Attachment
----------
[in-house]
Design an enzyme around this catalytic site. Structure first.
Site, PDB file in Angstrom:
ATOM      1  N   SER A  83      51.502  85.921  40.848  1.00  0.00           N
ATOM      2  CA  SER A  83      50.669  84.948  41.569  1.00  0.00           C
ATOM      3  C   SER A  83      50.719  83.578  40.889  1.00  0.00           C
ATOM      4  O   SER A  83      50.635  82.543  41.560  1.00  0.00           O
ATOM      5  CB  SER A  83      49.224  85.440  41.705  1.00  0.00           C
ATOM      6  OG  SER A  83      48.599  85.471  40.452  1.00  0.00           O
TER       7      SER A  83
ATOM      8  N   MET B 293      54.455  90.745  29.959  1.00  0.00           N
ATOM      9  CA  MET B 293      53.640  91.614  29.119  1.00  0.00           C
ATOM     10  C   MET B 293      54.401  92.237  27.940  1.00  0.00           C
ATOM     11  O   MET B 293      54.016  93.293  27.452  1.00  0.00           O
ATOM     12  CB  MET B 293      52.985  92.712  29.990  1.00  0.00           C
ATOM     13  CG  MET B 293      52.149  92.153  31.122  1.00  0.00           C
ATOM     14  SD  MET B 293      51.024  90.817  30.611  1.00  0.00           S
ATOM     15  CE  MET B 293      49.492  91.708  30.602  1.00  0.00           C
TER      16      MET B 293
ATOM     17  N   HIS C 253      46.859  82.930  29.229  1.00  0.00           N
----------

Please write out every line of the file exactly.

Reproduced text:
[in-house]
Design an enzyme around this catalytic site. Structure first.
Site, PDB file in Angstrom:
ATOM      1  N   SER A  83      51.502  85.921  40.848  1.00  0.00           N
ATOM      2  CA  SER A  83      50.669  84.948  41.569  1.00  0.00           C
ATOM      3  C   SER A  83      50.719  83.578  40.889  1.00  0.00           C
ATOM      4  O   SER A  83      50.635  82.543  41.560  1.00  0.00           O
ATOM      5  CB  SER A  83      49.224  85.440  41.705  1.00  0.00           C
ATOM      6  OG  SER A  83      48.599  85.471  40.452  1.00  0.00           O
TER       7      SER A  83
ATOM      8  N   MET B 293      54.455  90.745  29.959  1.00  0.00           N
ATOM      9  CA  MET B 293      53.640  91.614  29.119  1.00  0.00           C
ATOM     10  C   MET B 293      54.401  92.237  27.940  1.00  0.00           C
ATOM     11  O   MET B 293      54.016  93.293  27.452  1.00  0.00           O
ATOM     12  CB  MET B 293      52.985  92.712  29.990  1.00  0.00           C
ATOM     13  CG  MET B 293      52.149  92.153  31.122  1.00  0.00           C
ATOM     14  SD  MET B 293      51.024  90.817  30.611  1.00  0.00           S
ATOM     15  CE  MET B 293      49.492  91.708  30.602  1.00  0.00           C
TER      16      MET B 293
ATOM     17  N   HIS C 253      46.859  82.930  29.229  1.00  0.00           N